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Please help identify this possible fossil. . .

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Arkaleus

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Hi gang,

This forum seems like the best place to get a really good opinion on this. I want you to take a look at this link and tell me what you see.

http://xenotechresearch.com/mk065a.htm

I know that as soon as you find out where this picture was taken, you will immediately color your judgment and some of you may refuse to believe your eyes. But please, try to identify what kind of squid this may be, and please help me identify the anatomical components of this fossil.

Thanks,
Arkaleus
 

Phil

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Well, identifying an animal in the patterns in these images of rocks is a little like a Rorschach ink blot test - you can see what you like in them but it doesn't mean they truly represent anything,

I'm afraid it's impossible to identify what type of squid fossil it is as there is, unfortunately, no evidence that squid originated on the planet Mars, built spacecraft and travelled to Earth to populate the world's oceans. Even if by some outrageous chance that staining pattern truly is a fossil, it is pointless to catagorise it in a terrestrial order of animal as by definition it is alien.

Sorry!

Welcome too Arkaleus!
 

Arkaleus

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Let me try to simplify my question. Do you see identifiable features on this pattern that correspond to fossil squid familiar to you? If so, please name them. Do the proportions of features seem correct for squid physiology, eg. the eyes the correct proportion, the features correctly placed, the tentacle patterns, the body, etc.

Look at this if you had picked up this stone while walking on the earth. If it makes you feel better, you can qualify your observations with conditional statements. Does this pattern have squidlike features, or not?
 

Phil

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I know you do not want me to say this, but quite frankly, no I can't see any squid features beyond what you have drawn on the rock. How could there be any?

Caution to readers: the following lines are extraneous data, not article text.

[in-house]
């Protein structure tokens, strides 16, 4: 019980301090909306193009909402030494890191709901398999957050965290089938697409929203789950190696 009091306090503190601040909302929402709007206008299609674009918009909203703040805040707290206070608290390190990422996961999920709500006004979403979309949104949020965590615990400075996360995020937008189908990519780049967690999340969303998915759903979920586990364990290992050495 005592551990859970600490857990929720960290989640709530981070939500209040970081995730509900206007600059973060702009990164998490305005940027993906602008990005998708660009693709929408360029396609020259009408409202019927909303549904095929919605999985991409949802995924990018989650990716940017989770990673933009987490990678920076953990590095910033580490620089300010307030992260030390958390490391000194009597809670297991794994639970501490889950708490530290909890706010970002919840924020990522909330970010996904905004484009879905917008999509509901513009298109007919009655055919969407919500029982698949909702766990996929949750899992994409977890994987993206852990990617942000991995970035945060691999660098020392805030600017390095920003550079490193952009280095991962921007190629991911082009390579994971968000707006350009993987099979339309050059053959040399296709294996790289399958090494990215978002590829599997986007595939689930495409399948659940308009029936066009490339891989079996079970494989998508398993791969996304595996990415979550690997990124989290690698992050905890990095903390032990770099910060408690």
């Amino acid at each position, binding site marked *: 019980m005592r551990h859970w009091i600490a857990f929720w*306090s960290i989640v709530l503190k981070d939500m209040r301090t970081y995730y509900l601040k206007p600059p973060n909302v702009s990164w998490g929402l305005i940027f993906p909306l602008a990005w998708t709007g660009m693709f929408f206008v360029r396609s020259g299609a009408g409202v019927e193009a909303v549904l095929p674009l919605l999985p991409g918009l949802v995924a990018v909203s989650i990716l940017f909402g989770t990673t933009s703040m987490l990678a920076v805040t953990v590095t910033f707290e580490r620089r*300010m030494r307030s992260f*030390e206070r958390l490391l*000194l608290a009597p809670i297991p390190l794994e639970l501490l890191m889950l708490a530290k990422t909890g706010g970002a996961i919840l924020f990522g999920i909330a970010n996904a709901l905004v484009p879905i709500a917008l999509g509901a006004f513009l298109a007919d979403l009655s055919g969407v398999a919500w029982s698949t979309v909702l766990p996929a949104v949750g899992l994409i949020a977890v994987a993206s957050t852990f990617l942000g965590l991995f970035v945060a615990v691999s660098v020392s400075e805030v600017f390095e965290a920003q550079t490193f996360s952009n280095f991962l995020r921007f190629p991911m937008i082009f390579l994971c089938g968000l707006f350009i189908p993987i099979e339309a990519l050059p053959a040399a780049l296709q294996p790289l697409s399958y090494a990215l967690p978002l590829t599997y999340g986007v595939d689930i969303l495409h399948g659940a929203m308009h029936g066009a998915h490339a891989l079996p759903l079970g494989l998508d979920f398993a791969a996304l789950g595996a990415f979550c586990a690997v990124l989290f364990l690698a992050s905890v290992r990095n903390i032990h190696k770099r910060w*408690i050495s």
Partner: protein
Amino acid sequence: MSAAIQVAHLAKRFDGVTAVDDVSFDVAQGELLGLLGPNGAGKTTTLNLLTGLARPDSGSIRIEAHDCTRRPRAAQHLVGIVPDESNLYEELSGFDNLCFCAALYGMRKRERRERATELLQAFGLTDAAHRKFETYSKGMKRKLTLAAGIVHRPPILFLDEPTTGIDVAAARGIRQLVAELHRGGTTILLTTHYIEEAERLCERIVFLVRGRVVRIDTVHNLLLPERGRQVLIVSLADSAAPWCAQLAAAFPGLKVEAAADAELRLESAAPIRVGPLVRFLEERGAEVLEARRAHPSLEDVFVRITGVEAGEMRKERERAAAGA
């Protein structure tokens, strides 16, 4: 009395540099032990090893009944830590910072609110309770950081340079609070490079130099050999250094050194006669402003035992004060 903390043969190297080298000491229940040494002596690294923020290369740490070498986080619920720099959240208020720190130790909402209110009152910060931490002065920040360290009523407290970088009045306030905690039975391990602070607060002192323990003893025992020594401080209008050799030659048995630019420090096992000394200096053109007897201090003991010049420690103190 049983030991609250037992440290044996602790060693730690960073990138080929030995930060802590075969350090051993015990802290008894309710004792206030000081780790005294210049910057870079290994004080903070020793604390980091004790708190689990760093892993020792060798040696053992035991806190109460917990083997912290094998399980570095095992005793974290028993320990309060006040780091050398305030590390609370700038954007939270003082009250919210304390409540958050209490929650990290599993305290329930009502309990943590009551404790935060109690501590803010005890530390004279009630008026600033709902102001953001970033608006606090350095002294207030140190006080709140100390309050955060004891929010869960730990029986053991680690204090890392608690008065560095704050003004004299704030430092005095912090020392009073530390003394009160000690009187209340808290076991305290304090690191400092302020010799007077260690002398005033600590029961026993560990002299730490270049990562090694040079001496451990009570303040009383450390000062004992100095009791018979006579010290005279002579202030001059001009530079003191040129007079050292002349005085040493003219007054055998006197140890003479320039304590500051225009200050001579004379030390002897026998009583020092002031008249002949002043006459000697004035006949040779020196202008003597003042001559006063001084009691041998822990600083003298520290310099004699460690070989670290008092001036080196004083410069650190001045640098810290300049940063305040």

Apologies to be blunt, but I don't think you'll get much support for your theory that Mars was once populated by ancient cephalopods here. Don't forget that soft-bodied squid fossils are unbelievably rare on this planet let alone the chances of Spirit or Opportunity rumbling along and bumping into one.

I'm sure it is perfectly possible that life may once have started on Mars when the planet was covered in oceans, but why any such animals that may once have evolved would fit into taxonomic classifications of animals that evolved on Earth is beyond me.
 

erich orser

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Have you ever heard of Cthulhu? This might explain everything.
 
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Hmmm this is like one of those hidden image games where you have to move your head about and cross your eyes.

But i agree with Phil wholeheartedly when, if there is a fossilised body in a mars rock it couldn't be classified by terrestrial comparison. It could of had completely differnt internal systems etc depending on the atmosphere, climate etc.

Just my two cents so it doesnt really count for much :smile:
 

erich orser

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Nahh, dude. It's obviously because of Cthulhu. Can't you see that? I mean, duh...
 

Phil

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Well said Mike, and a most hearty welcome to TONMO to you!

You've joined at an most interesting time indeed, more news than one could shake a tentacle at!

:welcome:
 
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Hi and thanks :smile:
Yeh been quite an interesting time recently for researchers i should imagine. I've always been interested in Squid and Octopi, just happerned to chance over this site while reading about the recent Colossal Squid on the BBC site. And have already learnt more then i ever knew.
 
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